The apocalyptic imagery of cosmic dissolution: The imagery gets quite a run in the New Testament and there are even allusions to it in the accounts of Christ's crucifixion. God's judgment is evidenced when the "earth quakes, .... the heavens tremble. The sun and the moon are darkened, and the stars withdraw their shining", Joel 2:10. In Isaiah 34:1-4 this judgment imagery is applied to Edom, v5, "my sword appears in heaven. See how it descends in judgment on Edom." The imagery is used to depict the dethroning of secular powers and authorities, with its consequential anarchy, ultimately extending to all spiritual powers and authorities, ie., Christ's victory on the cross over Satan and his minions. So, again we need to note the danger of treating apocalyptic imagery as if it is a factual description. This is not to say the world won't end "rolled up like a scroll" (folded up like a Monopoly board!), although given the way we are going, it will more likely be by the depletion of natural resources through overpopulation producing a dustbowl devoid of life - we die out with a whimper rather than a bang. However it may be, It is God's Great Day, a day of "wrath", and "who can withstand it?"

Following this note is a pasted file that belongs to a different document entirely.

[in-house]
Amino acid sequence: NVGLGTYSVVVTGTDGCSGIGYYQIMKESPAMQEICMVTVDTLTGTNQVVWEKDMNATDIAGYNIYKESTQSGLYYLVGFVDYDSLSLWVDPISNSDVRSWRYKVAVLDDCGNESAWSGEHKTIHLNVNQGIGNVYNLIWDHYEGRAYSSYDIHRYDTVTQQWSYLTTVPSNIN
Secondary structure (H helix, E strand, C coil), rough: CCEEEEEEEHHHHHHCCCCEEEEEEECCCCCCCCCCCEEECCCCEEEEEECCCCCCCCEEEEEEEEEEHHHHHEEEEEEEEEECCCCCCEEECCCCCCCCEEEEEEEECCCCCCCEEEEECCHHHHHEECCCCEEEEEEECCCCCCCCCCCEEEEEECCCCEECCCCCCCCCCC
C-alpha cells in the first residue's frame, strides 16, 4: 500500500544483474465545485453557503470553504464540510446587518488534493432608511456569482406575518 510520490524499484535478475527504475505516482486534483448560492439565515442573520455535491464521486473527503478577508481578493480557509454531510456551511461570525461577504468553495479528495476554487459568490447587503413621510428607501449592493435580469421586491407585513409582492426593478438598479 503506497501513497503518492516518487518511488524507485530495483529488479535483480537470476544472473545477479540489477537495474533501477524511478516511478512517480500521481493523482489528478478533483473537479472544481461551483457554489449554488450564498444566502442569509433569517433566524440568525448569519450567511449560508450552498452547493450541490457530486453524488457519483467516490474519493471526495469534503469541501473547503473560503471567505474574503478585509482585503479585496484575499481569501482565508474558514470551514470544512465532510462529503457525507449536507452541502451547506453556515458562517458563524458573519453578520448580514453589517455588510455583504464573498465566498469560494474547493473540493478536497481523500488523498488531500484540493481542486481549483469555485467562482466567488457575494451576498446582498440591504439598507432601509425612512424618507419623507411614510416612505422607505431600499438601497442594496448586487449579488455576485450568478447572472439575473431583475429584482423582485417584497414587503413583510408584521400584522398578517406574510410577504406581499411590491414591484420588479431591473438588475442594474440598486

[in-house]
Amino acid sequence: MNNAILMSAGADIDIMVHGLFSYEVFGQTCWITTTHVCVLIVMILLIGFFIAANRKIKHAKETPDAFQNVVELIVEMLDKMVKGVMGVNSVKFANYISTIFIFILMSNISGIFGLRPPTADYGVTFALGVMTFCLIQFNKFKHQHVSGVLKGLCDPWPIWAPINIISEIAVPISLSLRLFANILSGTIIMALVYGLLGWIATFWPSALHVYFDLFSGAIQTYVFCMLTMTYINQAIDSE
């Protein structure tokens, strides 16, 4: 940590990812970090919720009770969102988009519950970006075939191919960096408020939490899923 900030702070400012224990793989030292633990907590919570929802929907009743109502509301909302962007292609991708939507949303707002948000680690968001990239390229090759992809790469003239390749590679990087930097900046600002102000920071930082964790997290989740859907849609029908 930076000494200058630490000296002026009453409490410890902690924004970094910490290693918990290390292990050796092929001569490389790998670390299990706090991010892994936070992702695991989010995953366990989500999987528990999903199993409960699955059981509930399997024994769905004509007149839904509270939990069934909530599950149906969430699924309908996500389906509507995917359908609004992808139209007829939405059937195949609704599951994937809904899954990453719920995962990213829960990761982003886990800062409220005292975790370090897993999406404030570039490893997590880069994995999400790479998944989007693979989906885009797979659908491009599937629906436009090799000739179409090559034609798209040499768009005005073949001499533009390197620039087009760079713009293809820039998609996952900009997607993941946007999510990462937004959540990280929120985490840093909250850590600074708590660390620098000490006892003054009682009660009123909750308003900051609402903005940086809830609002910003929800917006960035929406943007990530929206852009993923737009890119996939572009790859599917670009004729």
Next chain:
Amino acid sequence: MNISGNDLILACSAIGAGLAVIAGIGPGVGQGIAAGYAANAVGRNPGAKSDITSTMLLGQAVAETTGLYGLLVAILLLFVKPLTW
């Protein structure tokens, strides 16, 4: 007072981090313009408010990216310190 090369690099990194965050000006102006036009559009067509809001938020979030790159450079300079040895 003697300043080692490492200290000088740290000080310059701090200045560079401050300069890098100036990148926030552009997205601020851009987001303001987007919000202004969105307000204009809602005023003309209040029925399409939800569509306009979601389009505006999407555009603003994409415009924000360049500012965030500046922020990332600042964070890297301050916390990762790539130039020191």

Text - 6:12

The opening of the sixth seal, v12-17: i] Cosmic signs, v12-14. The "Day of the Lord comes, cruel, with wrath and anger"; a day when stars "will not give their light, the sun will be dark at its rising, and the moon will not shed its light", a Day when God "will punish the world for its evil" and "put an end to the pride of the arrogant", Isa.13:9-11.

oJte "-" -[and i saw] when [he opened the sixth seal, and a great earthquake occurred]. This temporal conjunction is more structural than temporal. As a structural indicator serving to introduce the next seal, it may be ignored (as NIV has finally done with this seal); "when he opened the sixth seal ...", ESV = "and these are the things I witnessed as I watched the Lamb break the sixth seal", Cassirer.